As much as 40% to 80% of medical information that a patient receives is forgotten immediately and nearly half of the retained information is incorrect.
The Teach-Back Method is an evidence-based Health Literacy intervention aiming for a shared decision-making and to close the communication gap between clinician and patient. It is a communication technique used to help patients remember and understand the information provided, using their own words. It creates an opportunity for communication in which the health professional gives information, and then asks the patient to respond and confirm their understanding before adding any new information. It can also help the clinician identify explanations and communication strategies that are most commonly misunderstood by patients. It involves asking patients to recall and then explain or demonstrate the information discussed during an interaction with the health team.
It is well known that health personnel have limited time in their consultations. Nevertheless, the Teach-Back Method may take some time getting used to, but studies show that once established as part of a routine, it does not take longer to perform.
Not all situations are appropriate for using the Teach-Back Method, it is most suited to:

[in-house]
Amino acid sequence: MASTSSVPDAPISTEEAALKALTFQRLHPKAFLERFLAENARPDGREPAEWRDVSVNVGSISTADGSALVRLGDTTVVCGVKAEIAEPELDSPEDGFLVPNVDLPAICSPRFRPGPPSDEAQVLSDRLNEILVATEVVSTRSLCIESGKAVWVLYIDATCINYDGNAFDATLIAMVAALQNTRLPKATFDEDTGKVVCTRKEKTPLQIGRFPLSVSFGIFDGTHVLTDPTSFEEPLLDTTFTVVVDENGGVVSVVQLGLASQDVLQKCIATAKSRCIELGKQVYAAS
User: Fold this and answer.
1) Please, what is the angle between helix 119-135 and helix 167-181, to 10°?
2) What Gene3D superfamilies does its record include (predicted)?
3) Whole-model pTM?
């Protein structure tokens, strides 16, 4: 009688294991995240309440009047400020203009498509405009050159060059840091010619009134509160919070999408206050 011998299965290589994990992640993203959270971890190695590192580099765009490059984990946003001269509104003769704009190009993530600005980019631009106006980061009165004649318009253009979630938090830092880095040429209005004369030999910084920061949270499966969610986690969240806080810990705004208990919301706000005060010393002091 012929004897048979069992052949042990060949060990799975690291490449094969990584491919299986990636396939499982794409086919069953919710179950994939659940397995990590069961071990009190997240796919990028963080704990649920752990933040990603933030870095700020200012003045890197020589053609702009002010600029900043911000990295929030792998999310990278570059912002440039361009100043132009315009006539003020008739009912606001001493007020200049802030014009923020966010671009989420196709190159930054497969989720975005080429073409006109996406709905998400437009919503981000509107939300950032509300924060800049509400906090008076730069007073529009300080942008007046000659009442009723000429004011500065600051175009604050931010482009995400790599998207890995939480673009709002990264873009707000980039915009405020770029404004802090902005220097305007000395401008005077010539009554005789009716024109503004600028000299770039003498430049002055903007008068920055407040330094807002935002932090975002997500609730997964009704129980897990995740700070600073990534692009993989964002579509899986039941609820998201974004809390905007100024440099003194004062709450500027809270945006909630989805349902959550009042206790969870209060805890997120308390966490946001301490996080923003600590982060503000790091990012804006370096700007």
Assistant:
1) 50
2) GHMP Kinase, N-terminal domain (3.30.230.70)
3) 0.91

Health professionals are recommended to start slowly and gain confidence in the method. If patients cannot remember or accurately repeat what was asked, clarify the information or directions and allow them to teach the information back again. One should reinforce the Teach-Back Method until the patients are able to correctly describe in their own words what they are going to do, without parroting back what the staff said.
The Teach-Back Methods in pediatrics is viewed by parents and clinicians as a useful and important strategy. Studies have found an increased engagement of parents during pediatric clinical encounters and an increase in the display of negative affection by parents toward providers.
Recommendations and considerations with the use of the Teach-Back Method with children and families: